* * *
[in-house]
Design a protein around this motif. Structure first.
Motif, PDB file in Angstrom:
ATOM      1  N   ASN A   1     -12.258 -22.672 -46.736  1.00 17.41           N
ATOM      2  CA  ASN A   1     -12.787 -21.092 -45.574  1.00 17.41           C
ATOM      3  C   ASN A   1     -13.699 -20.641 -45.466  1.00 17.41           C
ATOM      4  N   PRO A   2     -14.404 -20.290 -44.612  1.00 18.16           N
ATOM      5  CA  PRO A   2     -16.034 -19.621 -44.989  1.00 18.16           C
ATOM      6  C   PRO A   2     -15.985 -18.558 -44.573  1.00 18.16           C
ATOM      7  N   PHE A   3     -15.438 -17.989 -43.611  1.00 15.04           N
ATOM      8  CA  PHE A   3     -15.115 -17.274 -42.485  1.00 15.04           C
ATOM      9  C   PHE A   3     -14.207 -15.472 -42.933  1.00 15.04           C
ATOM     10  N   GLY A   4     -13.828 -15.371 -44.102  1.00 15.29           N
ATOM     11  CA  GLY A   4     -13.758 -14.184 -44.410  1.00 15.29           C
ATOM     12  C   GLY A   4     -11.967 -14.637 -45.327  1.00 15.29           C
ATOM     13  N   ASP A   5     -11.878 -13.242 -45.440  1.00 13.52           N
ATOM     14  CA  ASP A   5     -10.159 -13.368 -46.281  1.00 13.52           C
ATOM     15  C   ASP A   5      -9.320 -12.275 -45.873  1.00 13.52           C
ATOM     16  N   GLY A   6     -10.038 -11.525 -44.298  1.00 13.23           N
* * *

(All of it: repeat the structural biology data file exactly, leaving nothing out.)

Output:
[in-house]
Design a protein around this motif. Structure first.
Motif, PDB file in Angstrom:
ATOM      1  N   ASN A   1     -12.258 -22.672 -46.736  1.00 17.41           N
ATOM      2  CA  ASN A   1     -12.787 -21.092 -45.574  1.00 17.41           C
ATOM      3  C   ASN A   1     -13.699 -20.641 -45.466  1.00 17.41           C
ATOM      4  N   PRO A   2     -14.404 -20.290 -44.612  1.00 18.16           N
ATOM      5  CA  PRO A   2     -16.034 -19.621 -44.989  1.00 18.16           C
ATOM      6  C   PRO A   2     -15.985 -18.558 -44.573  1.00 18.16           C
ATOM      7  N   PHE A   3     -15.438 -17.989 -43.611  1.00 15.04           N
ATOM      8  CA  PHE A   3     -15.115 -17.274 -42.485  1.00 15.04           C
ATOM      9  C   PHE A   3     -14.207 -15.472 -42.933  1.00 15.04           C
ATOM     10  N   GLY A   4     -13.828 -15.371 -44.102  1.00 15.29           N
ATOM     11  CA  GLY A   4     -13.758 -14.184 -44.410  1.00 15.29           C
ATOM     12  C   GLY A   4     -11.967 -14.637 -45.327  1.00 15.29           C
ATOM     13  N   ASP A   5     -11.878 -13.242 -45.440  1.00 13.52           N
ATOM     14  CA  ASP A   5     -10.159 -13.368 -46.281  1.00 13.52           C
ATOM     15  C   ASP A   5      -9.320 -12.275 -45.873  1.00 13.52           C
ATOM     16  N   GLY A   6     -10.038 -11.525 -44.298  1.00 13.23           N